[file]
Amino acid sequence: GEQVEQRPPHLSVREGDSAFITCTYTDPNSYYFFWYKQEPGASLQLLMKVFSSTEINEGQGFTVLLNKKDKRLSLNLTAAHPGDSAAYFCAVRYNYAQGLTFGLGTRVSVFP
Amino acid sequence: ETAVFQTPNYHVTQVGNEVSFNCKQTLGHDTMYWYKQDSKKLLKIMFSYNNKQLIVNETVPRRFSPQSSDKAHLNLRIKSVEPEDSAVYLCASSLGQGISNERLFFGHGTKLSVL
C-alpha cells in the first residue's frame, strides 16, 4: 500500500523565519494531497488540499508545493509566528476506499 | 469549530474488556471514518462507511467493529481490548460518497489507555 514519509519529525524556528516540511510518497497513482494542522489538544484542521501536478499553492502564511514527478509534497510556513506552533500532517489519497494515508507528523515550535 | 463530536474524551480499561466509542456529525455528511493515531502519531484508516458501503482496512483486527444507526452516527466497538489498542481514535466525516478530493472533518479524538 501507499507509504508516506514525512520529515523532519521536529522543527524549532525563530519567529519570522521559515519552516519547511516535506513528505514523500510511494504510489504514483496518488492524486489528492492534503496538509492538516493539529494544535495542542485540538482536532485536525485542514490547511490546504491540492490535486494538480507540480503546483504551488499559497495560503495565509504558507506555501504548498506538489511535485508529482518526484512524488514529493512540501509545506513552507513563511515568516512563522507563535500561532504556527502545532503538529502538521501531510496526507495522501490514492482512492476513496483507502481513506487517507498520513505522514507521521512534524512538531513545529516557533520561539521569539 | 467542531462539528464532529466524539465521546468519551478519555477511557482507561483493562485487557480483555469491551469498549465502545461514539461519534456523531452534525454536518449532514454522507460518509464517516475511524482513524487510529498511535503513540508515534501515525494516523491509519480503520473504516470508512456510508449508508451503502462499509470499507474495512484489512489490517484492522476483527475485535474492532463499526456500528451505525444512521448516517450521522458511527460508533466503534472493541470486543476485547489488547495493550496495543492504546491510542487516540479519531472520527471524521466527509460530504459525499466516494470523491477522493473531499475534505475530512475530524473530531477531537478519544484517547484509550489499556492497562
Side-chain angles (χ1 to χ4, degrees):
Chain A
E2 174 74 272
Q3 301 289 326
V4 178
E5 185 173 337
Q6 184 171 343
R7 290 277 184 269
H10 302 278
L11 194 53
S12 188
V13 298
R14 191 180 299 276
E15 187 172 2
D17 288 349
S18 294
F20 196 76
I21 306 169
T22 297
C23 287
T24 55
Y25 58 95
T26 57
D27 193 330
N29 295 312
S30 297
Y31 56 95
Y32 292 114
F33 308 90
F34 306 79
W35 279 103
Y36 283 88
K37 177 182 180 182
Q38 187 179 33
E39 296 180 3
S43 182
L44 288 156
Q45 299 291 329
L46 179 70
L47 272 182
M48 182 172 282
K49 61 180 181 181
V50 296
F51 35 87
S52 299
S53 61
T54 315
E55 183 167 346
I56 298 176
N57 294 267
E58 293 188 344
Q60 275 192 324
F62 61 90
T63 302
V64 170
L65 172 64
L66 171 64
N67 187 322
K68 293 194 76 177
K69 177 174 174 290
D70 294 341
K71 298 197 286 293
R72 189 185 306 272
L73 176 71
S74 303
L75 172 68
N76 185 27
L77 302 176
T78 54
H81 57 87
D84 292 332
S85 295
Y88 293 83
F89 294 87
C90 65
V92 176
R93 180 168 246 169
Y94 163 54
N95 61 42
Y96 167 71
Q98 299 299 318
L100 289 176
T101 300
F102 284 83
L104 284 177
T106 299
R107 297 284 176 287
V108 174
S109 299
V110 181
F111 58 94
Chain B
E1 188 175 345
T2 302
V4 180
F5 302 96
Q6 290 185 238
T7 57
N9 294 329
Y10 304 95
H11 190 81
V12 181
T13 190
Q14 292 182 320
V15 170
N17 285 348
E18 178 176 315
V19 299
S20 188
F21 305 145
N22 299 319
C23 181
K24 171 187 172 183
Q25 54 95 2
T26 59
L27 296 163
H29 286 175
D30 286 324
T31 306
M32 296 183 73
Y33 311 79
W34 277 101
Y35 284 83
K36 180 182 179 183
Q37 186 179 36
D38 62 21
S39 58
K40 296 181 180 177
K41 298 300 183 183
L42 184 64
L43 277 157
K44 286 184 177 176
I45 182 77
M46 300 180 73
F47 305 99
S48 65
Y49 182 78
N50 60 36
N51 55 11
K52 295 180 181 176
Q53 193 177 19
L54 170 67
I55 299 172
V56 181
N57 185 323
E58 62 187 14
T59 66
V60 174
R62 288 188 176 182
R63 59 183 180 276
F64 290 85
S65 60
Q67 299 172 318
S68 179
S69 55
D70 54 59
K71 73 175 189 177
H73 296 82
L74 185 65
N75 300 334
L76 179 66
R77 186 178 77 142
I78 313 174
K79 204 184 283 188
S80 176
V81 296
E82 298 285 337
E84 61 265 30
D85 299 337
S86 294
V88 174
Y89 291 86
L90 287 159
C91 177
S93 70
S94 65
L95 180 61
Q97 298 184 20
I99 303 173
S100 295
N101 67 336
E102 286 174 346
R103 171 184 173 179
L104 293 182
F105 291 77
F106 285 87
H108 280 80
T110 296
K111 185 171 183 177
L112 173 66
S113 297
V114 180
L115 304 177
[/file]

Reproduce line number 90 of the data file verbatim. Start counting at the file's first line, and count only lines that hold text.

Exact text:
R107 297 284 176 287